Resistance, emigration, or adaptation? Phylogeography and ecology of European alpine plant species
Albach, Dirk .
Evolution and genetic diversity among species of the Veronica alpina complex (Plantaginaceae/Scrophulariaceae).
The Veronica alpina complex comprises about seven alpine to subalpine species of moist mountain meadows over a wide range of mountains in the Northern hemisphere. Morphological differences are subtle, mostly relating to leaf margins, capsule pubescence, and size. Further complicating features are hybridization and morphological transitions. Therefore, specific distinctness of some species has been questioned. The distribution of the species complex has been highly influenced by glaciation history. As such, the complex has been chosen to compare the effect of the ice age on distribution and genetic diversity in Europe and North America. Especially, these species should be an excellent model to investigate the different effect on alpine plants of North America with its mountain ranges in North-South direction and in Europe with its mountain ranges primarily in East-west direction. For this purpose, the plastid trnL-F region has been sequenced and AFLP-fingerprint markers were generated for all taxa in this complex. Phylogenetic results are concordant with taxa being divided in an amphi-Atlantic and an amphi-Pacific group. Thus the North American Veronica wormskjoldii comprises two distinct lineages, an Eastern V. wormskjoldii and a Western V. nutans. Preliminary results comparing the genetic diversity among species and the effects of polyploidy and geographical origin on the genetic diversity will be presented.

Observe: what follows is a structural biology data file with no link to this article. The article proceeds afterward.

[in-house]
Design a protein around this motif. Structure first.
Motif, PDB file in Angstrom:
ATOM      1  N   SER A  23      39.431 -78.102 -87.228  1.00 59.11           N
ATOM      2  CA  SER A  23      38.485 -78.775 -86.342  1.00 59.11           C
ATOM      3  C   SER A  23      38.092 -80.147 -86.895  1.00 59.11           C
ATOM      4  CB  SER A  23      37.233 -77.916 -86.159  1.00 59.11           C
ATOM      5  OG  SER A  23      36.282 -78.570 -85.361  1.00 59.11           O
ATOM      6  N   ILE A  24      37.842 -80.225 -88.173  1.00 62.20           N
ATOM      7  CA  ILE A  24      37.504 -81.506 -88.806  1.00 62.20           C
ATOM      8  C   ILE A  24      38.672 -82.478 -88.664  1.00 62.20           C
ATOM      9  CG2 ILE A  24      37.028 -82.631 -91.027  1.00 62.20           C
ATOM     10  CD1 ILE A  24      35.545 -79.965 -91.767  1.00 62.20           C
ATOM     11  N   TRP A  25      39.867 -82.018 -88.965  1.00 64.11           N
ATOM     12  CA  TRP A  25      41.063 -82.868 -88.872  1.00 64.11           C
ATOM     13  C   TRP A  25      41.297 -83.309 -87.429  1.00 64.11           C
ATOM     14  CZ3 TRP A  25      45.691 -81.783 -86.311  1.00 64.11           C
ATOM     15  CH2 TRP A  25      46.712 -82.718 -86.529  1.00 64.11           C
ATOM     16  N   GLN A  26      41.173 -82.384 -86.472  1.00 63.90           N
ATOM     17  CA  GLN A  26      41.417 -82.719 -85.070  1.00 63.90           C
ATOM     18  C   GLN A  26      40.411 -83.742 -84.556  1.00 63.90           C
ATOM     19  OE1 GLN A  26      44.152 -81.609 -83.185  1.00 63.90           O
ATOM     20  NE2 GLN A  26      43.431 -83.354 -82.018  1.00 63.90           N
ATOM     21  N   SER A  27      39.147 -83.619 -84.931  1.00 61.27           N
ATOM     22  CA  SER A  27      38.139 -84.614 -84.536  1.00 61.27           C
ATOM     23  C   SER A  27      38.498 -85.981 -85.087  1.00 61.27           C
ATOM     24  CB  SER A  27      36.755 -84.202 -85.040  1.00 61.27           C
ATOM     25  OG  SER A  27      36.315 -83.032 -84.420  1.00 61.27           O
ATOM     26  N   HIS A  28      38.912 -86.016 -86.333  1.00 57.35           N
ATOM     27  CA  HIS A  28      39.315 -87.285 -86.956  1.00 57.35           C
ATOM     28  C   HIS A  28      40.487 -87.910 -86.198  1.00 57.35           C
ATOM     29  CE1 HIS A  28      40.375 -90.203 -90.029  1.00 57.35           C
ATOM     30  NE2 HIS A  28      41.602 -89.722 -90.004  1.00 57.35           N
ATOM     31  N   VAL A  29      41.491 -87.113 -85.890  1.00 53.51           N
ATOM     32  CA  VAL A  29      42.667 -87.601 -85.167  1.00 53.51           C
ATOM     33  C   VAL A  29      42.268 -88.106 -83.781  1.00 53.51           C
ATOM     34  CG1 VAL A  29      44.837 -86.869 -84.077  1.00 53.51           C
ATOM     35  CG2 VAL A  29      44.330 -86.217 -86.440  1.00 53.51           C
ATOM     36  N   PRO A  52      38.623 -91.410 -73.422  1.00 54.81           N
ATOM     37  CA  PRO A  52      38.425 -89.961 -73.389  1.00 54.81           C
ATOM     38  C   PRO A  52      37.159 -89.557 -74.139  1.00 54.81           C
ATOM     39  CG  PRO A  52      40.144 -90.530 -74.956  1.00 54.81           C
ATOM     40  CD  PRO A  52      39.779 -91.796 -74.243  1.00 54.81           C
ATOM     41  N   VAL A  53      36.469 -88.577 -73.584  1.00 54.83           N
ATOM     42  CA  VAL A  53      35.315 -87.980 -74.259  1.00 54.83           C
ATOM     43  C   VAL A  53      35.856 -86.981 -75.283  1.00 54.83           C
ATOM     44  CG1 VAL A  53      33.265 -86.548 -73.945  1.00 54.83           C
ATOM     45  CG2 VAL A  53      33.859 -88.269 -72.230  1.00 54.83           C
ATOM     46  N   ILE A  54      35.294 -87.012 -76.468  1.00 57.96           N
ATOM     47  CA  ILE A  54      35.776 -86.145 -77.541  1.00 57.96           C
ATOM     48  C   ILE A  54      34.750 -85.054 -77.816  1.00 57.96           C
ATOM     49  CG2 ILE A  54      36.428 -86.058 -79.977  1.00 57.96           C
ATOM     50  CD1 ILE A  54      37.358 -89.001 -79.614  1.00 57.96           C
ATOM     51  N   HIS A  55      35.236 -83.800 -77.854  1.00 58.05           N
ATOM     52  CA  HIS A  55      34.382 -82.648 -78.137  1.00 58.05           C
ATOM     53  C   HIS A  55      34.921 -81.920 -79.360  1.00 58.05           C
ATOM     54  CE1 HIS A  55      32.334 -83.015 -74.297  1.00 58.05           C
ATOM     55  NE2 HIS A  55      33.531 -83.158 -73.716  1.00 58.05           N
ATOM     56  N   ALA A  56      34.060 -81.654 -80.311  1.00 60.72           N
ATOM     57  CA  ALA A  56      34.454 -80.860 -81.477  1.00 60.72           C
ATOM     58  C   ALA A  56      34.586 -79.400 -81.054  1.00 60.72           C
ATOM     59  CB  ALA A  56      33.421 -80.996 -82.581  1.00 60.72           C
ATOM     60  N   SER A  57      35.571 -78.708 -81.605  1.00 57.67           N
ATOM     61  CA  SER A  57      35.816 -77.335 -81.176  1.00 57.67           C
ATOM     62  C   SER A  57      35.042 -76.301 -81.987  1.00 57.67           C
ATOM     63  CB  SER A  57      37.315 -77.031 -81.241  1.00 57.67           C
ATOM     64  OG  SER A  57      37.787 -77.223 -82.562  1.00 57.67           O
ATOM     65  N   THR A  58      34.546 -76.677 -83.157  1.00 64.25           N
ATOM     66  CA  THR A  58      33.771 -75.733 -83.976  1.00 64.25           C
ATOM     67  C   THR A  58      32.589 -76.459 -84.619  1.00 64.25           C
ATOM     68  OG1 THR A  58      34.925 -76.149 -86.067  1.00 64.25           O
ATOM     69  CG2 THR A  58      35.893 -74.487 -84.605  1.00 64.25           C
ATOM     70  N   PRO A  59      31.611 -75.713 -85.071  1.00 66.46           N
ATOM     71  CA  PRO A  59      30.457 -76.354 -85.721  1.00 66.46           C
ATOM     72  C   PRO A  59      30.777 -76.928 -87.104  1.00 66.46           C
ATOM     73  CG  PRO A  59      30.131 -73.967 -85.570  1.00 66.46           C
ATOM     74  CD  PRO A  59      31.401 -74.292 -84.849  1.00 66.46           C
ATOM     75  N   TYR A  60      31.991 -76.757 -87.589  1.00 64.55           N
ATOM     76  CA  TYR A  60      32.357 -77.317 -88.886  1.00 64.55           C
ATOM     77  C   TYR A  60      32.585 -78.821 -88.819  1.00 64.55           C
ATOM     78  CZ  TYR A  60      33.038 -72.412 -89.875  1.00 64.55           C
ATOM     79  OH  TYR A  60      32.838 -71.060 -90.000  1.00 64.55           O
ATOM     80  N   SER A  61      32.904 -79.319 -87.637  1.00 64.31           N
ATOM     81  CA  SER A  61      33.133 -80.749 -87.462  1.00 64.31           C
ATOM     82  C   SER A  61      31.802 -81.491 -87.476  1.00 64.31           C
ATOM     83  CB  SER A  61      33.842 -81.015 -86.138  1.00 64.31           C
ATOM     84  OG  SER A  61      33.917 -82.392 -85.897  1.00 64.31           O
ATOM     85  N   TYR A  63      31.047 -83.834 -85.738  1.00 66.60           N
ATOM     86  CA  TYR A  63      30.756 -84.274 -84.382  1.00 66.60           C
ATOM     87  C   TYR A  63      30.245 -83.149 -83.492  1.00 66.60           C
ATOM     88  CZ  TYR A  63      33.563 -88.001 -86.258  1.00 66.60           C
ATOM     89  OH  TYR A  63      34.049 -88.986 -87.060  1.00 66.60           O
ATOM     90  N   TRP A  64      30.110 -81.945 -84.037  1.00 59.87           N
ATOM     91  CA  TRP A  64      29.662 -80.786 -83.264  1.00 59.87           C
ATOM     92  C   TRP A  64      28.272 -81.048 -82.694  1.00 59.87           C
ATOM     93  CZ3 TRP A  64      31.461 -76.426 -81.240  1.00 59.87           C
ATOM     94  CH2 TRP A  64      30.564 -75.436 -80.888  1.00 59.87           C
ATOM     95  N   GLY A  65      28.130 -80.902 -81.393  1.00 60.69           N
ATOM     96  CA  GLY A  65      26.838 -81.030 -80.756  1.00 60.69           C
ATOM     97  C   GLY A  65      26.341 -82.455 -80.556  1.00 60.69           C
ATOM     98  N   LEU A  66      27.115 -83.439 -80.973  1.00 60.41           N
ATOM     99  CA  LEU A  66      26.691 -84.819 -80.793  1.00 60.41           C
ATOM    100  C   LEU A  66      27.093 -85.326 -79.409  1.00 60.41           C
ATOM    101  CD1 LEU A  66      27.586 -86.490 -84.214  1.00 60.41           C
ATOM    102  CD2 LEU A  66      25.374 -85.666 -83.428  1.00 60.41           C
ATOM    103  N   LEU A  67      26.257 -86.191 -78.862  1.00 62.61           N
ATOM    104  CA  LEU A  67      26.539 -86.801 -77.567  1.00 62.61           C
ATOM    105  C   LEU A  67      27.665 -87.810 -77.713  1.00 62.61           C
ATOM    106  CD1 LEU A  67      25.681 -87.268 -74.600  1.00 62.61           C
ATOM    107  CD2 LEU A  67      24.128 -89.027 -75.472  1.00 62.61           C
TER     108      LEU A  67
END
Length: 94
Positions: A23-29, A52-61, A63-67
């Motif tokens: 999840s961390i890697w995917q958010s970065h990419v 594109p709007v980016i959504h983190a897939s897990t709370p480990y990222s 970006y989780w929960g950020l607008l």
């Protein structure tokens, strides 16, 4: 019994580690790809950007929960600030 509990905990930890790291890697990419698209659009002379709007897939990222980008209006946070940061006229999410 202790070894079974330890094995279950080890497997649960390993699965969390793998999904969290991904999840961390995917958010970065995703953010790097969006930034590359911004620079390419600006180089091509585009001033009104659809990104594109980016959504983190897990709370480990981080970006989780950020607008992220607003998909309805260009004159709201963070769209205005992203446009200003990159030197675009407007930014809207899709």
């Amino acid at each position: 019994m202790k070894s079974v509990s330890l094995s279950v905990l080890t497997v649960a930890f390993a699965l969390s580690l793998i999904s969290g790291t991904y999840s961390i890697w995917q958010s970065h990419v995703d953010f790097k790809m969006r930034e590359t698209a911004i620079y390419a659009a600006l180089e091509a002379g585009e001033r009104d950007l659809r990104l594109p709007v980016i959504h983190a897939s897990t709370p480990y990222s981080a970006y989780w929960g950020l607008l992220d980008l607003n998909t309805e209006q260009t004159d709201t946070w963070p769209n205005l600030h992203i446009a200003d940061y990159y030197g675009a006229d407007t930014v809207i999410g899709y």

1 - University of Vienna, Institute for Botany, Department of Plant Biogeography, Rennweg 14, Vienna, A 1030, Austria
Presentation Type: Paper
Location: Ballroom 2 (Cliff Lodge)
Date: Wednesday, August 4th, 2004
Time: 10:00 AM